An effect of the comfort brought about by emotional resonance and tactility, consumption will be more conscious than ever. As trend forecaster Li Edelkoort boldly predicts, “Owning less things will make people happier.”
Having discovered that to survive, they don’t really need much, people’s mindsets will shift to more selective consumption of objects they feel a true attachment to. In line with this change in mindset about our consumption habits, homeowners are also beginning to value objects based on their longevity, use of sustainable resources and the amount of perceived pleasure they derive from its use.
When it comes to production, sourcing,and consumption, provenance is key.
As far as trends go, the value in localism might have first broken through in the food and beverage industry, in which renowned restaurateurs and chefs placed a premium on the provenance of ingredients. In 2020 and beyond, where a product is sourced or made will be just as important on a mainstream level – a direct result of how global lockdowns have deeply disrupted and, in many cases, even halted, supply, production and trade in the industry.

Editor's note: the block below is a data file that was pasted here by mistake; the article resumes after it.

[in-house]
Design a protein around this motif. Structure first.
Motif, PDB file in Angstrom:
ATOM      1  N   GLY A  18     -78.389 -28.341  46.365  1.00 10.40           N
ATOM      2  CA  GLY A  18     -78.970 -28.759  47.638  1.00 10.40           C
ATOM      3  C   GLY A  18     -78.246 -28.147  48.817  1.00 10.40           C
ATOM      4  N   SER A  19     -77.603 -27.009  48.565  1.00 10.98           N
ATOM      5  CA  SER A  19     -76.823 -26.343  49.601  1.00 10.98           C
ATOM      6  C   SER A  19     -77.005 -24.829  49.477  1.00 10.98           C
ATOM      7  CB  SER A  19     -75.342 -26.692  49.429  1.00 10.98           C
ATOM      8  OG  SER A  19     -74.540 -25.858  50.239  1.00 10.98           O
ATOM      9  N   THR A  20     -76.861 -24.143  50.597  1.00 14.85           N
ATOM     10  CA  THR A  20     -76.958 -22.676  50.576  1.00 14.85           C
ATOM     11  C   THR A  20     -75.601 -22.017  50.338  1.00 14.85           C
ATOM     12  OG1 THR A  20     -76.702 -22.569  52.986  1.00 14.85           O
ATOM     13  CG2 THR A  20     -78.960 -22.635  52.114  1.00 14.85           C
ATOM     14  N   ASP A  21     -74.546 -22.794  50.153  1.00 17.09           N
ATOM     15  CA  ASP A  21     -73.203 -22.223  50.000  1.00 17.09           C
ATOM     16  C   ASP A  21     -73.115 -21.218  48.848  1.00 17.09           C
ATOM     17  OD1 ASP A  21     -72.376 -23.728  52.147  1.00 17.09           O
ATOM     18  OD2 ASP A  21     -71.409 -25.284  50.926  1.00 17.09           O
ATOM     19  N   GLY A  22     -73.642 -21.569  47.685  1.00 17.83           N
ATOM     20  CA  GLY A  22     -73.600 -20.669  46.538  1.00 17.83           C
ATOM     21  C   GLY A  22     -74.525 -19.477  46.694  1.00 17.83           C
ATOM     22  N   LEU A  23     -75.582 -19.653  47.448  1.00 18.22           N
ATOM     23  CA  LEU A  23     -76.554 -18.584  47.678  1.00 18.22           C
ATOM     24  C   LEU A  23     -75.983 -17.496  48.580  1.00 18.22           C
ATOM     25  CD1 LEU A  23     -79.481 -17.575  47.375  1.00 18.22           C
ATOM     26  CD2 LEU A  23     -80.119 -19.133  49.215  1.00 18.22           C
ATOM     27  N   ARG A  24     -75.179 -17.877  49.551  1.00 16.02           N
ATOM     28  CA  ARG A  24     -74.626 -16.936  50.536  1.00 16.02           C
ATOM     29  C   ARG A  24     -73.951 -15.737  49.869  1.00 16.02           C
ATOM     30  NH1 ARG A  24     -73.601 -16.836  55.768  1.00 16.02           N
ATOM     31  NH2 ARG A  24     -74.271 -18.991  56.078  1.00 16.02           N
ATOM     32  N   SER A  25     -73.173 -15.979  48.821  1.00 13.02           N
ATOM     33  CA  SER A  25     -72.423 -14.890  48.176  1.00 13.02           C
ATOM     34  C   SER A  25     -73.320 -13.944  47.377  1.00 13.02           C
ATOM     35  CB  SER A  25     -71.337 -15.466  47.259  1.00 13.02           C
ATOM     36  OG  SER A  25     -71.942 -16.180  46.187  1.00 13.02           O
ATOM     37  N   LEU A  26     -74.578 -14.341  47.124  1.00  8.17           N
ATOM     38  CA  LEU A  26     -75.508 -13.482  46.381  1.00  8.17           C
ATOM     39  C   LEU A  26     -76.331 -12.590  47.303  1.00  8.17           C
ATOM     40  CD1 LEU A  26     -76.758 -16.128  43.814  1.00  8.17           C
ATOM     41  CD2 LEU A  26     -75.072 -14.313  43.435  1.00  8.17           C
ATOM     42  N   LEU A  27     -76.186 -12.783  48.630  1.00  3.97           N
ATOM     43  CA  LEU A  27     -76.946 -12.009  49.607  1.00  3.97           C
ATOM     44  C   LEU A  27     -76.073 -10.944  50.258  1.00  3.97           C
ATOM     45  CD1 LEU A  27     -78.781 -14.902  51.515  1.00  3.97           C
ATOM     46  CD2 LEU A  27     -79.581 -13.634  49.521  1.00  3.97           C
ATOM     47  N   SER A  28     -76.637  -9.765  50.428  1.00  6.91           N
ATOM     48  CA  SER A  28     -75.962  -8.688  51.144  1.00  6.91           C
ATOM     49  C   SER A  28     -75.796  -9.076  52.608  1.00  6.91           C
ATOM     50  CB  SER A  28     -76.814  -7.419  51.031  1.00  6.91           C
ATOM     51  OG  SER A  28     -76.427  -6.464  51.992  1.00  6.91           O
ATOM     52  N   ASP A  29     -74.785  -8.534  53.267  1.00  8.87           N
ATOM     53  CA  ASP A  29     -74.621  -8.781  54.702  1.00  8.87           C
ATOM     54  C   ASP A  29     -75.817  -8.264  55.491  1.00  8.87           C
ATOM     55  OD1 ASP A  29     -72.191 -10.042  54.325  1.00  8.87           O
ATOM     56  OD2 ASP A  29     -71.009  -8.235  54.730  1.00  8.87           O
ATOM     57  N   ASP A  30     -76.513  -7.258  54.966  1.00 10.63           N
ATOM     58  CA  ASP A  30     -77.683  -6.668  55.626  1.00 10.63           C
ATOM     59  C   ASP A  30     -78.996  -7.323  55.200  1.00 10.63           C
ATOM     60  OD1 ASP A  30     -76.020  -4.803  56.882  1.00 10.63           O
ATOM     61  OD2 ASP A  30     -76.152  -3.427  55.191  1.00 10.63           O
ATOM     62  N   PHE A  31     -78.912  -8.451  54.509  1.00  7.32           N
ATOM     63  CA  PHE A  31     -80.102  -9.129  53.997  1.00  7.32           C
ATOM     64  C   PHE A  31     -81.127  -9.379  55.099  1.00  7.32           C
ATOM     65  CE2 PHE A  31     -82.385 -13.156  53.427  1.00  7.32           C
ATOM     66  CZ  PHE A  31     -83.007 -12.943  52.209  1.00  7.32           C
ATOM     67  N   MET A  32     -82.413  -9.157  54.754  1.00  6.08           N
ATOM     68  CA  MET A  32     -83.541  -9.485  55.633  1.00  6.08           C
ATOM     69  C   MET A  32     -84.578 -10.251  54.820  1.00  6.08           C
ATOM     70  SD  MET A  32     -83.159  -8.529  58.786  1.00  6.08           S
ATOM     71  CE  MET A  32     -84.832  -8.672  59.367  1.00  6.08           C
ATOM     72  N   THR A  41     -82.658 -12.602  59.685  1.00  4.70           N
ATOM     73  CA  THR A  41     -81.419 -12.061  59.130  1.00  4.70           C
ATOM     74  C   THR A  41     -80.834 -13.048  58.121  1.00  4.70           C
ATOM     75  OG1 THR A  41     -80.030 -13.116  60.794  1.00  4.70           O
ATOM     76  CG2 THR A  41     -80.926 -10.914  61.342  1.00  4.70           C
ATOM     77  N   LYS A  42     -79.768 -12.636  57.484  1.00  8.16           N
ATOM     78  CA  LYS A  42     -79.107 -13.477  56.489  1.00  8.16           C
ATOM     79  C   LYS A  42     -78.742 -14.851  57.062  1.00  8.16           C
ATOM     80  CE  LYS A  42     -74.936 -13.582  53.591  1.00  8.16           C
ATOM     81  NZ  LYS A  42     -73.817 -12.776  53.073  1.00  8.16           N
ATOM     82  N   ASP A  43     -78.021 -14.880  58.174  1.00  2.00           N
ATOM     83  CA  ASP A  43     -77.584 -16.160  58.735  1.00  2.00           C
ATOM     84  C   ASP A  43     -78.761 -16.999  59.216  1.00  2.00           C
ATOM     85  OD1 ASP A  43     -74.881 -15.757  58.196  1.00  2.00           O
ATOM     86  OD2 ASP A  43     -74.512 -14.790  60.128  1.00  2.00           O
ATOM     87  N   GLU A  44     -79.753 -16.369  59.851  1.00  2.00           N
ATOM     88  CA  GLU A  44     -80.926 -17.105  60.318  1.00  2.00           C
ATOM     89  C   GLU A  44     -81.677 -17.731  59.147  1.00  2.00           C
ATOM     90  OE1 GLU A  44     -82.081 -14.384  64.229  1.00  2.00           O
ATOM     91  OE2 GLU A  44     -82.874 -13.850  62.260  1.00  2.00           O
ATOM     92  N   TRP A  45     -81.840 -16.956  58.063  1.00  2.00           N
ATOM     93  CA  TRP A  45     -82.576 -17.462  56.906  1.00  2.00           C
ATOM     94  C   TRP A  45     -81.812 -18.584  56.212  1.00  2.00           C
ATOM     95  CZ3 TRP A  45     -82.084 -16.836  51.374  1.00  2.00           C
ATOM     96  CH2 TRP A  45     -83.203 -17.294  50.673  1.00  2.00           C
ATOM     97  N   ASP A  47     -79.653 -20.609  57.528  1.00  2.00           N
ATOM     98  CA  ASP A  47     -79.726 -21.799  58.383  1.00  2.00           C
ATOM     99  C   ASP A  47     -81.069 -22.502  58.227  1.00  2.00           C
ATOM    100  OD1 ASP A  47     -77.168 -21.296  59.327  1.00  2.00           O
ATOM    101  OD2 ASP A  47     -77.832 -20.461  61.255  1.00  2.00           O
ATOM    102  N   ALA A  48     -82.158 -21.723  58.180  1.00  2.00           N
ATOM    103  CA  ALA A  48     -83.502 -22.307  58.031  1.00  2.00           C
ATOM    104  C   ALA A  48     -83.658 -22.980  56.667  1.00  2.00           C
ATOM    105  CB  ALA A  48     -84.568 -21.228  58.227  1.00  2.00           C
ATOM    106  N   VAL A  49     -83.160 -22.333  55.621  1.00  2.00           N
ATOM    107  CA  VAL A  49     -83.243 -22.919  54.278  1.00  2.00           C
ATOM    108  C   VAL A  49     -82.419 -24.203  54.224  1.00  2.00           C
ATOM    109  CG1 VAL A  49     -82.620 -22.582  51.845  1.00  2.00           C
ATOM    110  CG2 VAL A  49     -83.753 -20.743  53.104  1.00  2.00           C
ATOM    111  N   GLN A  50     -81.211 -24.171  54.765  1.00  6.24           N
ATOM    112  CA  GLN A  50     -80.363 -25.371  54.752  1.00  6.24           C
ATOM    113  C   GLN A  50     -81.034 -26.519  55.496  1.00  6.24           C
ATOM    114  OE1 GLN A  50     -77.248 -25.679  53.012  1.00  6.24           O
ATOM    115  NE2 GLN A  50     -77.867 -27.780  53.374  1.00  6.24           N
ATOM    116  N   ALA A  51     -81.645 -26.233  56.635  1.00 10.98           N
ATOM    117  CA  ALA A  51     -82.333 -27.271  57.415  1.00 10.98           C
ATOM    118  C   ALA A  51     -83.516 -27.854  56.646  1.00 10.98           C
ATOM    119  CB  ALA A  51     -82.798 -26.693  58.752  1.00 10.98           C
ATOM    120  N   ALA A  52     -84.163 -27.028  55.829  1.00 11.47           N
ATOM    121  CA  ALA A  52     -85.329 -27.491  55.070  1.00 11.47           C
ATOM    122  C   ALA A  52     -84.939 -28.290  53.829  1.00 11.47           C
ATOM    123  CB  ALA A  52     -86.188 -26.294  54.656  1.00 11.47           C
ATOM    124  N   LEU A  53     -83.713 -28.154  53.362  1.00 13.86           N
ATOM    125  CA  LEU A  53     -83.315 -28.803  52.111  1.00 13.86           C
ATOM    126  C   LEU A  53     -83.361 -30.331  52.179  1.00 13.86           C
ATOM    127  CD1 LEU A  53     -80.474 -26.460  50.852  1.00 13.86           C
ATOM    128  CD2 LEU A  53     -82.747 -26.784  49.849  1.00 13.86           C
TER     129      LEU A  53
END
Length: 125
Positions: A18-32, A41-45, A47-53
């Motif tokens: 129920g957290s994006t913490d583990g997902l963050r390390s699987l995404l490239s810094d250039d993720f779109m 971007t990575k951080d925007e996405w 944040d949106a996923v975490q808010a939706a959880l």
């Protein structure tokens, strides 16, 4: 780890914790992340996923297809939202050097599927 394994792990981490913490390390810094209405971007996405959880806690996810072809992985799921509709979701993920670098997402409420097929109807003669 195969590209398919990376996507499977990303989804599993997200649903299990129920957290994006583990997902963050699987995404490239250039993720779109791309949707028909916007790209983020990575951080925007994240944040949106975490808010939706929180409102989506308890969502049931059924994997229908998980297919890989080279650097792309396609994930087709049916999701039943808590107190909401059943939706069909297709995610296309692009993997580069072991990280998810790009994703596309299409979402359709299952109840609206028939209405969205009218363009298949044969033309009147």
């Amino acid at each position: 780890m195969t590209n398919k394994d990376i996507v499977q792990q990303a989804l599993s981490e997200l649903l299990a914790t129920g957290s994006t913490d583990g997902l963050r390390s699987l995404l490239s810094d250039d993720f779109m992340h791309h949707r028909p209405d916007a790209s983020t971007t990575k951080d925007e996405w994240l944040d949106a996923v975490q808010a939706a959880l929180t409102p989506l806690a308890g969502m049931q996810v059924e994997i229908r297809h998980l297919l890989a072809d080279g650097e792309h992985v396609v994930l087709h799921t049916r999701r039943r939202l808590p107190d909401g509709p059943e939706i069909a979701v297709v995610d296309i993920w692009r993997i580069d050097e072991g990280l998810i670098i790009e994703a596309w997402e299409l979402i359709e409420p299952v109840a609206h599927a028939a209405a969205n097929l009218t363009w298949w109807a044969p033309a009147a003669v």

Forced to look around and inwards for alternative options when it comes to furniture and accessories, designers and consumers alike are finding that supporting local shouldn’t be a last resort – it should be their first choice. With burgeoning design movements in cities big and small across the world, the possibilities are endless if one is willing to experiment, think out of the box, and take pride in local talent.
An early expression of this perspective was the Naples design fair Edit Napoli, conceived in 2019 to shine the spotlight on a new generation of designers and, according to its founders, “focus on the rise of the designer-maker at the forefront of a movement that is challenging the traditional chain of production and distribution.” Less optimistic observers may point out that hyperlocalism connotes a contracting pool of options for both producer and consumer.